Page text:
I have been very active on the OKIB/CoV Working Group (2 politicians and 1 one senior staff person from each community) that now meets monthly working to enhance our relationship and advance joint servicing, economic development, recreation, and tourism for mutual prosperity. It is important to note that over my 40 year professional career in community and economic development, 50% of my time has spent working for aboriginal communities and their organizations including both OKIB and Splatsin so I understand the issues extremely well.
I voted for the proposed new “anti racism” policy which was defeated by the majority of Council. I would vote the same way if a similar policy was proposed for the newly elected Council. Staff at the City of Vernon has already been very active in this area with education programs and activities. It is time for Council to catch-up to our community and our staff.
The critical areas are organizational capacity development for all arts and culture groups right across the City, construction of the new GVCC and enhancement of other arts and culture facilities in the City including consistently reinvesting in the Community Arts Centre, Performing Arts Centre, Museum and Public Art Gallery. The plan for the GVCC also includes outdoor space for programmed and ad hoc events. The re-development plan for Polson Park and Kin Race Track Athletic Park also needs to include enhanced areas for arts and cultural activities.
As a member of GVAC (locally mandated to provide funding and facilities for cultural activities) over the last 4 years I have pushed (successfully) for increases in funding for cultural buildings and human capacity to advance arts and cultural activities. I have also pushed hard to move the Greater Vernon Cultural Centre (GVCC) project forward including getting a business plan prepared and a space requirement commitment from the 3 (expected) organizational tenants, and land commitment from the City of Vernon. The GVCC project is now moving quickly with fund raising, and building design parameters with a firm location.
Personally, I engage in the performing arts through multiple attendances at the Power House Theatre, Performing Arts Centre, Paddlewheel Hall, Women’s Institute Hall (Coldstream), Caravan Theatre, Trinity United Church performances, The Jazz Club and events in our parks plus having supported music schools in the City. You do not want me on stage, or hear me try to sing, so I leave that to my much more talented wife. My wife and I also take in major performances in other Okanagan cities each year.
I am a regular at visual arts and crafts displays including the Community Arts Centre and Creative Chaos and have enjoyed visits to our museum, O’Keefe Ranch and Caetani House once they re-opened after COVID related restrictions.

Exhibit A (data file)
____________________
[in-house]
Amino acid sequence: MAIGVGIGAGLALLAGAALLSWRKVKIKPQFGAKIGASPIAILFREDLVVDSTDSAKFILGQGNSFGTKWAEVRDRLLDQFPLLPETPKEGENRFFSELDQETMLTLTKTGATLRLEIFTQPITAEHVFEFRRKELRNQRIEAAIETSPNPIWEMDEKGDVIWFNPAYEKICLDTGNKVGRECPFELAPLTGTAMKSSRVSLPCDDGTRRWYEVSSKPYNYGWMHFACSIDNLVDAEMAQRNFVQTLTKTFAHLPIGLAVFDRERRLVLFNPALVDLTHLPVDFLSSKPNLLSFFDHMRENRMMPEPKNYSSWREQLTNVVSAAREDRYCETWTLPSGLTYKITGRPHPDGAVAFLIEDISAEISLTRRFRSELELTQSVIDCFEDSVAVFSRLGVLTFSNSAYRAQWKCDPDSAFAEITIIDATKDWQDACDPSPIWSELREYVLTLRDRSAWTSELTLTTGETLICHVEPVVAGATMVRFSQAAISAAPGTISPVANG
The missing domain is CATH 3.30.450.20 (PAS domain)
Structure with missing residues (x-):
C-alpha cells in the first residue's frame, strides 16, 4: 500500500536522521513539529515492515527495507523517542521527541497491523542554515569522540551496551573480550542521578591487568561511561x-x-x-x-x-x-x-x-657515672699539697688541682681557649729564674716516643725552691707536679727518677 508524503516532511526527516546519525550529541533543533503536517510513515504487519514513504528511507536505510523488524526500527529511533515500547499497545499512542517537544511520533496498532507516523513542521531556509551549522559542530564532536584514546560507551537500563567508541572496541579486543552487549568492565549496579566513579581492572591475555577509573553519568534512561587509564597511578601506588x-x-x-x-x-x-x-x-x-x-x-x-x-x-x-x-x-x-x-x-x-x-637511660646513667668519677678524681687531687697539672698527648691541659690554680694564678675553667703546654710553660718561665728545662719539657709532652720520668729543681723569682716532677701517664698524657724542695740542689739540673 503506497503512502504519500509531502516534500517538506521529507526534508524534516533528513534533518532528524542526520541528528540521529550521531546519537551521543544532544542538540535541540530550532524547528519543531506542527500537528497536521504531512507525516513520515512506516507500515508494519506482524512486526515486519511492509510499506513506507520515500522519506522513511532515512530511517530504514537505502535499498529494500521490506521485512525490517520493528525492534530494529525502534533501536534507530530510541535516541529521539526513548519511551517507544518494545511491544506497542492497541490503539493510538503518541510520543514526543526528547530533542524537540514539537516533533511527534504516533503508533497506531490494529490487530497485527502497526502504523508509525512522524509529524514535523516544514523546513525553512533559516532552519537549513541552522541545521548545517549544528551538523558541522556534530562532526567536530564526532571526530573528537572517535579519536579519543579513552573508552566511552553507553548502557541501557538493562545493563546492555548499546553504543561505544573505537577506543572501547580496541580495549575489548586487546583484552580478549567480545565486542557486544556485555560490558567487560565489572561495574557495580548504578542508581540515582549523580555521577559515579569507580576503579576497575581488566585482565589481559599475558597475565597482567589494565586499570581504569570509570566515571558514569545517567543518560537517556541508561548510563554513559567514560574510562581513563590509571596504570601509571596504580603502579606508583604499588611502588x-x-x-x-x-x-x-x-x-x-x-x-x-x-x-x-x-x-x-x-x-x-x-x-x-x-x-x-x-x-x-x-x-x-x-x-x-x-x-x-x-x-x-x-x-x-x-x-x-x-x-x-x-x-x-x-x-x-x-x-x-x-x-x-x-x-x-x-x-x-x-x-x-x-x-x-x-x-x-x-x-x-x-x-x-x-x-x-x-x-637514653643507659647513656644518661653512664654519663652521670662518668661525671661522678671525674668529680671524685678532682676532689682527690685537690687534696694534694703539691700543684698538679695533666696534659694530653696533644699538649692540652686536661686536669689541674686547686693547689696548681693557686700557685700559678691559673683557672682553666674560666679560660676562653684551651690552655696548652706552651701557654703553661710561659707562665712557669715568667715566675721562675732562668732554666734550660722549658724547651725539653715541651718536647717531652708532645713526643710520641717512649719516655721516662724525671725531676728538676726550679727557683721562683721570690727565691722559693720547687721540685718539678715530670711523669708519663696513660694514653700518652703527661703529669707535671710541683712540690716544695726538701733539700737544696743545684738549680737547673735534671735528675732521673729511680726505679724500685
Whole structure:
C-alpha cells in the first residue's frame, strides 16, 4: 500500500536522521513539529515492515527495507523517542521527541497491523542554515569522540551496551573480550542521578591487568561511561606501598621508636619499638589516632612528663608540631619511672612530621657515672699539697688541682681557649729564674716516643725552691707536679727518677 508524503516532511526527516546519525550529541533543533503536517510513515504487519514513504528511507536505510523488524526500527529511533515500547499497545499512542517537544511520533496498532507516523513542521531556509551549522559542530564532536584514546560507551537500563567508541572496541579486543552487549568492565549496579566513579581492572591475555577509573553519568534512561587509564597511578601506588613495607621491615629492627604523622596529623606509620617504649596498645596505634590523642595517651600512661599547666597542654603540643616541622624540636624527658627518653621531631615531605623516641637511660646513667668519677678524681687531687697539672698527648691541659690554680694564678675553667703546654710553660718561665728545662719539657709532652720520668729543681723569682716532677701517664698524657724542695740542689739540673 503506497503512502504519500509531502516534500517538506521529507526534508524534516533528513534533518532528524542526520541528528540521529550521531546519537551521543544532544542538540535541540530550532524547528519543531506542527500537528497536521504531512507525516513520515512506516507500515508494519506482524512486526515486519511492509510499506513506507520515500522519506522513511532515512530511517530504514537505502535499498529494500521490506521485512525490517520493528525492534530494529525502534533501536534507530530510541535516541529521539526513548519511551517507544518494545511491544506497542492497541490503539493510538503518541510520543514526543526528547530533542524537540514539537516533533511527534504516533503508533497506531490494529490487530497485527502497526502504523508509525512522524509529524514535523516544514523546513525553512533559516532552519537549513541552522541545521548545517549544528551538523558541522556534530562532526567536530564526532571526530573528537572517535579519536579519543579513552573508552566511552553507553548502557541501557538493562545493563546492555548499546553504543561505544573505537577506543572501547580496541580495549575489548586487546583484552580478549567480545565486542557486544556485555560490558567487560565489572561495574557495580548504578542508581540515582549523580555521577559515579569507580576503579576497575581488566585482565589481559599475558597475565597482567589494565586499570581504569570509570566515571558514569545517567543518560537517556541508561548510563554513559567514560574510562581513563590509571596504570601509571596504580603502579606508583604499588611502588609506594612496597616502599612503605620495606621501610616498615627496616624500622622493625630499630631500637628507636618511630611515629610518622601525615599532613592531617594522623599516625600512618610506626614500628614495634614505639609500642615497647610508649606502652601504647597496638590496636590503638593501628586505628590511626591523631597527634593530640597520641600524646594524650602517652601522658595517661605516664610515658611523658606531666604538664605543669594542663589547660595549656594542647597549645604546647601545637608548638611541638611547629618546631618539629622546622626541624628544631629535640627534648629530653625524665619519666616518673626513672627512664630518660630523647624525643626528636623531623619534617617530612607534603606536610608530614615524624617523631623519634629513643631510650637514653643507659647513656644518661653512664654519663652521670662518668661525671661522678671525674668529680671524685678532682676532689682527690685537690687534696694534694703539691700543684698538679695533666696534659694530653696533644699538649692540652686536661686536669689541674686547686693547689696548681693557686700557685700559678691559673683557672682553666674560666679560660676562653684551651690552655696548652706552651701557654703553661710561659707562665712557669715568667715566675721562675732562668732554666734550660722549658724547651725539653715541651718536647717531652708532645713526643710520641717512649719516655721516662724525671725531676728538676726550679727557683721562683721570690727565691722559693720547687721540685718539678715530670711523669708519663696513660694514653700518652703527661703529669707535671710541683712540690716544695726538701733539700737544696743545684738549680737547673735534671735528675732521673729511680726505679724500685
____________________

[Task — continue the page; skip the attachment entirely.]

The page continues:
Existing business retention and expansion strategies are the easiest ways to grow a sustainable local economy. The City’s planning and engineering staff need to continue to work quickly with appropriate businesses in the community that want to expand using levers in our current development processes. Our economic staff needs to be able to link current operations (non-tourism) with regional services and employees (see Question 2) to enhance their operations. Provide a linking services to other like businesses to enhance the conglomeration effect.
In the tourism sector, where the MRDT funding is available, focus the marketing on BC, Alberta and Washington where the bulk of our visitors originate as articulated in the new 5 Five Year Marketing Strategy. In addition, move to destination management by directly assisting with an expanded coop marketing budget and product development services with the goal of growing the quality of visitors’ experience over adding to the number of visitors in already high occupancy seasons (mid summer and mid winter).
Currently skilled human resources are in a shortage right across the country and particularly in BC. The best short term strategies are linking with Okanagan College and UBCO while students are in their programs before they graduate, and then promptly follow-up when they graduate. The success of the Rural and Northern Immigrate Program clearly points to the need to assist employers to link with CFDC-NO to enroll in the program and provide information on the skilled workers that they are requiring. Also link businesses with the Ukrainian refugees through the Vernon and District Immigrant and Community Services Society.